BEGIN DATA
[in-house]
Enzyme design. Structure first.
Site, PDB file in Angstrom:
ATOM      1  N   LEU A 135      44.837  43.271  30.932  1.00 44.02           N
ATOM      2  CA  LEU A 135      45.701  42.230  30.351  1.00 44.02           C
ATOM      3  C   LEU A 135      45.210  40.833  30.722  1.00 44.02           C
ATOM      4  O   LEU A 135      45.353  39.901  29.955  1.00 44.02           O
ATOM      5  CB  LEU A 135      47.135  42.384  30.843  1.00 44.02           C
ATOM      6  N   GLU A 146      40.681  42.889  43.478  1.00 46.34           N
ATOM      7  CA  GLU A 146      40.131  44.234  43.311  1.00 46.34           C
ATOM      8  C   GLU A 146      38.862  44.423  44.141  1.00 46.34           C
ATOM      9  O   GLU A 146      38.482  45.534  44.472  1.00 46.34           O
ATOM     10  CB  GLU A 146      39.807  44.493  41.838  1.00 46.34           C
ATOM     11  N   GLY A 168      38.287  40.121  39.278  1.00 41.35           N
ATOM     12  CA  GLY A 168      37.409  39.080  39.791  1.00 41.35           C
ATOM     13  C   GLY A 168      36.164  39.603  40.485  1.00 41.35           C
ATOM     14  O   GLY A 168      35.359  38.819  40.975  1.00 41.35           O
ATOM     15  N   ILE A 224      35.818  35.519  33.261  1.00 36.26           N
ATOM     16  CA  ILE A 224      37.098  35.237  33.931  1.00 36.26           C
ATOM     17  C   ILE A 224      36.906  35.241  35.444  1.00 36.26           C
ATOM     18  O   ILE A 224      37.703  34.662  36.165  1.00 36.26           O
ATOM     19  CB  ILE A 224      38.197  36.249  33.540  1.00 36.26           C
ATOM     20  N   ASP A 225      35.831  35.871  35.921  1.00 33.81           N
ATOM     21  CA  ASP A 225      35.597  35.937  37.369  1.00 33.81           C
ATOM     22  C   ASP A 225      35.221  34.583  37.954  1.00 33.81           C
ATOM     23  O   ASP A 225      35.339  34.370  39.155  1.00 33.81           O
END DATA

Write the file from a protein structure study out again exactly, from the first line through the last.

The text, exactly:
[in-house]
Enzyme design. Structure first.
Site, PDB file in Angstrom:
ATOM      1  N   LEU A 135      44.837  43.271  30.932  1.00 44.02           N
ATOM      2  CA  LEU A 135      45.701  42.230  30.351  1.00 44.02           C
ATOM      3  C   LEU A 135      45.210  40.833  30.722  1.00 44.02           C
ATOM      4  O   LEU A 135      45.353  39.901  29.955  1.00 44.02           O
ATOM      5  CB  LEU A 135      47.135  42.384  30.843  1.00 44.02           C
ATOM      6  N   GLU A 146      40.681  42.889  43.478  1.00 46.34           N
ATOM      7  CA  GLU A 146      40.131  44.234  43.311  1.00 46.34           C
ATOM      8  C   GLU A 146      38.862  44.423  44.141  1.00 46.34           C
ATOM      9  O   GLU A 146      38.482  45.534  44.472  1.00 46.34           O
ATOM     10  CB  GLU A 146      39.807  44.493  41.838  1.00 46.34           C
ATOM     11  N   GLY A 168      38.287  40.121  39.278  1.00 41.35           N
ATOM     12  CA  GLY A 168      37.409  39.080  39.791  1.00 41.35           C
ATOM     13  C   GLY A 168      36.164  39.603  40.485  1.00 41.35           C
ATOM     14  O   GLY A 168      35.359  38.819  40.975  1.00 41.35           O
ATOM     15  N   ILE A 224      35.818  35.519  33.261  1.00 36.26           N
ATOM     16  CA  ILE A 224      37.098  35.237  33.931  1.00 36.26           C
ATOM     17  C   ILE A 224      36.906  35.241  35.444  1.00 36.26           C
ATOM     18  O   ILE A 224      37.703  34.662  36.165  1.00 36.26           O
ATOM     19  CB  ILE A 224      38.197  36.249  33.540  1.00 36.26           C
ATOM     20  N   ASP A 225      35.831  35.871  35.921  1.00 33.81           N
ATOM     21  CA  ASP A 225      35.597  35.937  37.369  1.00 33.81           C
ATOM     22  C   ASP A 225      35.221  34.583  37.954  1.00 33.81           C
ATOM     23  O   ASP A 225      35.339  34.370  39.155  1.00 33.81           O